Does anyone on this forum live with this system?  How does it work out?  I fear it’s, (pitifully), a little complicated for many U.S. citizens to understand.

I questioned an Australian visitor once about their political system.  At the time, as I recall, it seemed to be a fairer and more democratic system than ours.

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As a fabrication of our own consciousness, our assignations of meaning are no less “real”, but since humans and the fabrications of our consciousness are routinely fraught with error, it makes sense, to me, to, sometimes, question such fabrications.

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Posted: 10 April 2012 06:04 PM   [ Ignore ]   [ # 13 ]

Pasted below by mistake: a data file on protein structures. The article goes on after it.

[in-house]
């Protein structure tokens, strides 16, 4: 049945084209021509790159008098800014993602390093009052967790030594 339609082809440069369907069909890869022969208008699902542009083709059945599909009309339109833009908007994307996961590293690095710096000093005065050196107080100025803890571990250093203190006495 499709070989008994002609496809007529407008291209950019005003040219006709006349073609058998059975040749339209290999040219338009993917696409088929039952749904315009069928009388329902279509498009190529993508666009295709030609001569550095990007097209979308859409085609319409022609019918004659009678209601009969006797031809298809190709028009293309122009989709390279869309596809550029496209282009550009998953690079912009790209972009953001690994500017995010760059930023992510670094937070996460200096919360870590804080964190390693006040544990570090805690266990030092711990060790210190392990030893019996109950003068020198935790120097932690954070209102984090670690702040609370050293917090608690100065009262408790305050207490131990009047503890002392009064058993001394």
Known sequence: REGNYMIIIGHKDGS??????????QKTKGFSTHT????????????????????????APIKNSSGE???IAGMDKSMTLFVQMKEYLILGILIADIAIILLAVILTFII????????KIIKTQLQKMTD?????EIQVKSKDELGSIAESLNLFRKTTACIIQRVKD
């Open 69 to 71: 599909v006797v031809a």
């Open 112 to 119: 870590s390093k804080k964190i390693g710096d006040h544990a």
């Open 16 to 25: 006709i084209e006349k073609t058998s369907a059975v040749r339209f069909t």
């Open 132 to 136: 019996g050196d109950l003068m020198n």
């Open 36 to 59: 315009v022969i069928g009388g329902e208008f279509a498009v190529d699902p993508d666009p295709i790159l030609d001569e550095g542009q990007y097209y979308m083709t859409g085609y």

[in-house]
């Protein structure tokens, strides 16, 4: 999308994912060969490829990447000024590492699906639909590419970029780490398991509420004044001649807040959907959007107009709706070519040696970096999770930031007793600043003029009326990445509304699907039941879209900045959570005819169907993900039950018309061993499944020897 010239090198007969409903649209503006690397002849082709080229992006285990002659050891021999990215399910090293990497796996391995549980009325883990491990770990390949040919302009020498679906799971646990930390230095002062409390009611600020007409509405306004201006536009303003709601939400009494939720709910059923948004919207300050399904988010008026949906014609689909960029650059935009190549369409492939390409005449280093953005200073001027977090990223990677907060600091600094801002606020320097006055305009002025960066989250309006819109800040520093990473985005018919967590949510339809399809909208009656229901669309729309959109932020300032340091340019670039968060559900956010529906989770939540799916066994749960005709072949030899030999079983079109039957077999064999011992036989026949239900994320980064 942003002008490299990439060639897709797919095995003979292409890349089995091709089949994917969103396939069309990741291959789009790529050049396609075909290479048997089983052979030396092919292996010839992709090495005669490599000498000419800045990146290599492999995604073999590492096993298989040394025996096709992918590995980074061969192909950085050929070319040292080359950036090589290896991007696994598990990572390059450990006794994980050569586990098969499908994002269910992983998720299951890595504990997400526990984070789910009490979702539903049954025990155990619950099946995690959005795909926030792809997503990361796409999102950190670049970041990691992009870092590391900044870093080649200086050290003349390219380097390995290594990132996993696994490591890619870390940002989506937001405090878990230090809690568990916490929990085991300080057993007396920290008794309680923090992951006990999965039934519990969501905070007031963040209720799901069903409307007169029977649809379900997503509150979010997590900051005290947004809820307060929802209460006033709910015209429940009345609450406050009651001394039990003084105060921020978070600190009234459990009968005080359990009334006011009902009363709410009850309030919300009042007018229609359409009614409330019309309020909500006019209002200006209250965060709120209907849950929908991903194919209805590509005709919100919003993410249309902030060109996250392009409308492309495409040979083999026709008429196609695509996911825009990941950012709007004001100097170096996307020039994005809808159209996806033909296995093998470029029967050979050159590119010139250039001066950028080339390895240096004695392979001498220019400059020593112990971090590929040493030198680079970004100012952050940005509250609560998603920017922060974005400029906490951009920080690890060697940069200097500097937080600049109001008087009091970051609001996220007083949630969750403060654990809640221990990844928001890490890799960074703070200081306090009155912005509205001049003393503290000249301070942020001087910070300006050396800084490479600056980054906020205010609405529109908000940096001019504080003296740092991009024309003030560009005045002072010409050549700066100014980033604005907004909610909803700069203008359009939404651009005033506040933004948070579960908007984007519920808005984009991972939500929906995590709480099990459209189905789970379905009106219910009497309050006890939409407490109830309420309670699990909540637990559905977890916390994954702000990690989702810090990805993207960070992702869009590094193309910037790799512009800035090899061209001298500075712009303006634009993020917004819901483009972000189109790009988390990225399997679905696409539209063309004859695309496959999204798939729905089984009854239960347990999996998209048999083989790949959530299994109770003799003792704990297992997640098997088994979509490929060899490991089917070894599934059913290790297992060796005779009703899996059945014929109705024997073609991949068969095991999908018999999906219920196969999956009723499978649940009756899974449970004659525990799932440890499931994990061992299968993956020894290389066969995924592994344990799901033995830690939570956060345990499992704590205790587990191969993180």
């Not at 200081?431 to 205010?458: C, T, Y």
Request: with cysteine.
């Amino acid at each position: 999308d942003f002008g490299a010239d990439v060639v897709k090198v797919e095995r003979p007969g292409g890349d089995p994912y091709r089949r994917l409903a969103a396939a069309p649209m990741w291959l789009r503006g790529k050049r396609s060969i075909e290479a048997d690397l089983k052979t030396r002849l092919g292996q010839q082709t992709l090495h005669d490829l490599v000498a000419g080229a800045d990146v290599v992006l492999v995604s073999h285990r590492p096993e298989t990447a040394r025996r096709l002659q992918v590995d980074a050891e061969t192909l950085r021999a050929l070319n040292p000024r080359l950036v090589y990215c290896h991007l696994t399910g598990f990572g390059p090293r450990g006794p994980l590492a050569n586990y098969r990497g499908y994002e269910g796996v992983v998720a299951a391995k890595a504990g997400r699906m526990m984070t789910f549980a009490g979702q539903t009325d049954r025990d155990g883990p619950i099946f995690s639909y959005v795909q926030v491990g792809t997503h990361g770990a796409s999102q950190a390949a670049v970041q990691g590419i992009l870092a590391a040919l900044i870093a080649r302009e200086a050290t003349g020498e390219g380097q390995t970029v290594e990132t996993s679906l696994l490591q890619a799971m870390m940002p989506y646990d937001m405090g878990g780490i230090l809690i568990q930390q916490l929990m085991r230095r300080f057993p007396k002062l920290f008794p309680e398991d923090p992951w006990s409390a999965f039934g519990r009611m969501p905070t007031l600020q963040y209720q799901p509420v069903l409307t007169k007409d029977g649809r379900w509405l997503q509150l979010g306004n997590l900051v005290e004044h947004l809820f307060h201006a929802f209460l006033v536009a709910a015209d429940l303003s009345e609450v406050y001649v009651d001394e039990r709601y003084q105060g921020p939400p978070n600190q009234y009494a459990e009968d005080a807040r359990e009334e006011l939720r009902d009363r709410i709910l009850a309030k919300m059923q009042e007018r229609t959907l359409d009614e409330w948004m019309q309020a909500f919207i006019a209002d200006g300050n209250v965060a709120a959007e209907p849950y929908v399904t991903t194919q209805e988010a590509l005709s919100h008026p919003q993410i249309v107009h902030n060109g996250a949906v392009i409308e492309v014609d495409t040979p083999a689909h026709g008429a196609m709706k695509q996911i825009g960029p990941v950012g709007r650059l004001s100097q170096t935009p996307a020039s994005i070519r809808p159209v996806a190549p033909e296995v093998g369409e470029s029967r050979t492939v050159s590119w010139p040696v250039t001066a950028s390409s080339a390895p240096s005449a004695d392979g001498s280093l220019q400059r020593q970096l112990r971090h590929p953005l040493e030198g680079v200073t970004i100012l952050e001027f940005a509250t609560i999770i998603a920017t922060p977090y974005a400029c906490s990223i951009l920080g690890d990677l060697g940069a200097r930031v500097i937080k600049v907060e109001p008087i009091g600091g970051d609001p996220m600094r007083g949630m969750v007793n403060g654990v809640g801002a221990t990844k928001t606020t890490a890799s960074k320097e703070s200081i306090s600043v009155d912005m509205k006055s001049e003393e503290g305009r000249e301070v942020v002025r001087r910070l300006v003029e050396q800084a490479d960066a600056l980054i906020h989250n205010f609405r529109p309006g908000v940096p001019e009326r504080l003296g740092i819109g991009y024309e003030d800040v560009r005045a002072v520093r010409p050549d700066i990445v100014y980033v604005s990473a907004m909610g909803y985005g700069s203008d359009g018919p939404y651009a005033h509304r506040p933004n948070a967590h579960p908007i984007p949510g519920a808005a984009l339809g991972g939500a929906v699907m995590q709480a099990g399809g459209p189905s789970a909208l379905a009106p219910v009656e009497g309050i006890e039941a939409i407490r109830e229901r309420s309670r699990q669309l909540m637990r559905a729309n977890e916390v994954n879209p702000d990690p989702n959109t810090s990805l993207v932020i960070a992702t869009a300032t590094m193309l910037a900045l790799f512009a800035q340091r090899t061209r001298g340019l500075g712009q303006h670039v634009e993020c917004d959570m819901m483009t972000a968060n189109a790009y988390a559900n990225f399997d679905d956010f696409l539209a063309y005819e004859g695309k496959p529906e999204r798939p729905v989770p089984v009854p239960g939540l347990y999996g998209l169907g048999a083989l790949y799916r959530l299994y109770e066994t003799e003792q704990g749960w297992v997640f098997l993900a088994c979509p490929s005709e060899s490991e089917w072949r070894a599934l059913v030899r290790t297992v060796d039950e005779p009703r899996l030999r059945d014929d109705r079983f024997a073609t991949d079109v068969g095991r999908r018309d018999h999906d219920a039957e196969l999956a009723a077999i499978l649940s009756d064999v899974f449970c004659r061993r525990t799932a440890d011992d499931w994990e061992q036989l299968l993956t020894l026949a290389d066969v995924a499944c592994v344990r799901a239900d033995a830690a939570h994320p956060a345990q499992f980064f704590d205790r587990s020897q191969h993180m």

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It would take nothing less than a coup d’état to effectively accomplish any of the above…

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Posted: 11 April 2012 06:23 AM   [ Ignore ]   [ # 14 ]
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Cloak - 10 April 2012 06:04 PM

It would take nothing less than a coup d’état to effectively accomplish any of the above…

A shame then.
That may be why the French politicians fear the people and why U. S. citizens fear their politicians.
Not enough French in the U. S.

Regards
DL

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Posted: 11 April 2012 11:21 AM   [ Ignore ]   [ # 15 ]
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Love the French and am part french myself, but they strike out on Constitutions. They’ve had at least 14 more than we have so don’t have a great track record of constitutional stability.


Cap’t Jack